Comments by Hon. Moses Nagamootoo, Prime Minister of the Cooperative Republic of Guyana (with responsibility for Governance and Public Information)

Except for the inherited problem of over-crowding of prisons, the US Country Report did not indicate any serious human rights violations in Guyana for the period under review.

For me, it is a balanced report, that recognises Guyana as an open and free country, that has distanced itself, since 2015, from blatant human rights violations including extra-judicial killings and wanton official corruption.
More importantly, the Report characterises Guyana as a “multi-party democracy” and declares that the APNU+AFC government came to office after “free, fair and credible” elections.
That would rubbish the claims by the opposition PPP that those elections had been rigged.

The Report stated that the Guyana Government generally respected judicial independence and impartiality, though there continued to be delays, trials are fair.

No mention was made of consultation between the Executive and the Judiciary to deal with the backlog of cases, and the subsequent appointment of temporary magistrates and puisne judges to address the issue.

There have been no reports of political detainees or prisoners, and government does not interfere in the privacy or correspondence of citizens, or with family and their home.

In what appeared to be a stark departure from pre-2015 practices, the Coalition Government has a clean record for respect for the press and the right to freedom of expression.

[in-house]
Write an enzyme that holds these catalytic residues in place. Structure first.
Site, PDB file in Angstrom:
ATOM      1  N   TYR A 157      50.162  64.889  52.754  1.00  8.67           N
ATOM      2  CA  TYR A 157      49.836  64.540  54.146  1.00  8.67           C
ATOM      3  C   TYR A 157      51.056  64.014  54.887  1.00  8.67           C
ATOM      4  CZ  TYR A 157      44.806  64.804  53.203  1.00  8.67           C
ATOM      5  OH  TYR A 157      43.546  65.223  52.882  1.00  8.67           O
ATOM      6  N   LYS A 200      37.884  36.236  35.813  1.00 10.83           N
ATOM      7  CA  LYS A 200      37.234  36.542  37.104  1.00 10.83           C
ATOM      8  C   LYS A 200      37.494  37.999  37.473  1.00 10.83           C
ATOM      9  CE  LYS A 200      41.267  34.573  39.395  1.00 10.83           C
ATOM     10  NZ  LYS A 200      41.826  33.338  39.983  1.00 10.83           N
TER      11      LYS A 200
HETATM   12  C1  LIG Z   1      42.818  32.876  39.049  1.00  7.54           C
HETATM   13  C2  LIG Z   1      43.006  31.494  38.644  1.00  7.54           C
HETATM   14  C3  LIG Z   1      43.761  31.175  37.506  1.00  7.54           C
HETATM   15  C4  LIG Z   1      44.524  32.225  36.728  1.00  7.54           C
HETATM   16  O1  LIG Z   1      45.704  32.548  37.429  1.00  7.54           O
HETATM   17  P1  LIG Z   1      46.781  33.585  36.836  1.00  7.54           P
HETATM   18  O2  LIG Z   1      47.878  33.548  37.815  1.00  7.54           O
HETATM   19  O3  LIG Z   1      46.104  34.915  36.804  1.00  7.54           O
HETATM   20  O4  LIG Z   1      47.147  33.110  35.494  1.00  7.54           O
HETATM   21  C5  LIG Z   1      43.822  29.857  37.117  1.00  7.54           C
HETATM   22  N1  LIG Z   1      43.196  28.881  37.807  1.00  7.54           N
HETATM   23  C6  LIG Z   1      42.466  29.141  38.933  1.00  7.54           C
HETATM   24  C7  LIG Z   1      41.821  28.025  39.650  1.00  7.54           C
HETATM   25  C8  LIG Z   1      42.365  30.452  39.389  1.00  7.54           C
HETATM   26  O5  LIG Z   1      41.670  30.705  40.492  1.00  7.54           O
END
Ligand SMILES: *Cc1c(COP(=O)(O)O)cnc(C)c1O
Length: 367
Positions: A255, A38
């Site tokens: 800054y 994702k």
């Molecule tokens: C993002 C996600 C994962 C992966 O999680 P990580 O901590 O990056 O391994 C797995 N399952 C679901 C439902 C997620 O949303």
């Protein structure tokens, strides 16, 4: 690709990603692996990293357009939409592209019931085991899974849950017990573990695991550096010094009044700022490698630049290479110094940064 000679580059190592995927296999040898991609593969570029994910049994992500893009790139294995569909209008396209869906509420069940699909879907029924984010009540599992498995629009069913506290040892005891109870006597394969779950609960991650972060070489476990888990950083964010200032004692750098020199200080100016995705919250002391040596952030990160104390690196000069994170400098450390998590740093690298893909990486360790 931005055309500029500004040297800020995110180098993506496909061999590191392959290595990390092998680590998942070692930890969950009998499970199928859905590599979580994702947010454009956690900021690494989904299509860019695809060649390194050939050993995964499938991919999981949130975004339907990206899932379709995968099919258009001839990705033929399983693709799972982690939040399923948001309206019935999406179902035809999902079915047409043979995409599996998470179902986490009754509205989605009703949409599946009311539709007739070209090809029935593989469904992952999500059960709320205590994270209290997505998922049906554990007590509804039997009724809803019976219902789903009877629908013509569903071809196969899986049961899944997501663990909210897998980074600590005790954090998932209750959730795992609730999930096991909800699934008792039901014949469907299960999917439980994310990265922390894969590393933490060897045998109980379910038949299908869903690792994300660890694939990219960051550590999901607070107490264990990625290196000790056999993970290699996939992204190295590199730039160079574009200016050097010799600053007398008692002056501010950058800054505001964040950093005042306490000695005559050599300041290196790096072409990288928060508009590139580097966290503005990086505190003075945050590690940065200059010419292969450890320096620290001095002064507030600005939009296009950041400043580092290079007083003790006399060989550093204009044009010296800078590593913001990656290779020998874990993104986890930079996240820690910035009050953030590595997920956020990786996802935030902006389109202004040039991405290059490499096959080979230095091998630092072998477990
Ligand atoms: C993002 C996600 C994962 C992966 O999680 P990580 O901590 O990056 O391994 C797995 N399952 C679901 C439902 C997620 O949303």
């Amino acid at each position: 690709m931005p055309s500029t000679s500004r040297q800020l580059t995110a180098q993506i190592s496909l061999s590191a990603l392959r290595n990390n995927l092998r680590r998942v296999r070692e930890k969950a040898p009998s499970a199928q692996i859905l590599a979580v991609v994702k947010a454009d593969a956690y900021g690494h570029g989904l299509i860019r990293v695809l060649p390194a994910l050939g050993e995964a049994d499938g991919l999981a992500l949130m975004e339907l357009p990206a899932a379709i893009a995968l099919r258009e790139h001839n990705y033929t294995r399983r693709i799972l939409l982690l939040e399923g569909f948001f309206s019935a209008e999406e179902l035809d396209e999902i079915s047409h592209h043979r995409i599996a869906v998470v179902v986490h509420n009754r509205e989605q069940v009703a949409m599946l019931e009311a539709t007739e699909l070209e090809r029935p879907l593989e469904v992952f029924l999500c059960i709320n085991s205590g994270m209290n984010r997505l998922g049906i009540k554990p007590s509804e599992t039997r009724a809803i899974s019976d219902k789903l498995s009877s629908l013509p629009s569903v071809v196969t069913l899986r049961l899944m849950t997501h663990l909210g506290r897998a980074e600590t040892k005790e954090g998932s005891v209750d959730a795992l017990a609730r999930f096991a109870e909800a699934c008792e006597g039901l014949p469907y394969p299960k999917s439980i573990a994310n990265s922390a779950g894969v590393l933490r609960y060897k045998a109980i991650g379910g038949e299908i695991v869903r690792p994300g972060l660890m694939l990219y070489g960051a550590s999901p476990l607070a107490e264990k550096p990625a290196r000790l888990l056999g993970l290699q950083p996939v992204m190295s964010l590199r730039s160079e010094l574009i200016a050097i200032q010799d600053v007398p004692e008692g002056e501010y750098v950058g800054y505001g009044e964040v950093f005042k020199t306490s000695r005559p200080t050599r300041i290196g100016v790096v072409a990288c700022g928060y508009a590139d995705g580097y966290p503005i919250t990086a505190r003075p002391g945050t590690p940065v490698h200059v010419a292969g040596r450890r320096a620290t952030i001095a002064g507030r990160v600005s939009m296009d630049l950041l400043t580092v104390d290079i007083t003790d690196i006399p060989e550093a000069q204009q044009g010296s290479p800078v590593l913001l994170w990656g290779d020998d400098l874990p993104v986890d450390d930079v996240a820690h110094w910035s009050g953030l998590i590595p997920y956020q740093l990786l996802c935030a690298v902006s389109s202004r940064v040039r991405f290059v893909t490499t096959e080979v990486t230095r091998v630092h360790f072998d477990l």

“The independent media were active and at times expressed a wide variety of views without restriction,” the Report acknowledged.

In addition, the Coalition respected academic freedom and freedom of citizens to assembly and protest.
The US Country Report recognised the holding of local government elections in 2016, and mentioned that those elections were last held in 1994, which would be a serious indictment of the former PPP administration.

That administration had been cited in previous reports for “pervasive corruption” and under it, Guyana slumped to the lowest level of the world corruption perception index.

No wonder then that the current Report alluded that there remained that widespread public perception, though recognising that the new government has effectively implemented criminal laws against corrupt practices.

Our Government would take a deep look at the Report though as a first reaction, it does appear that Guyana has stepped forward into the sunlight of better human right practices, since elections were last held in 2015.

The full report can be read here:


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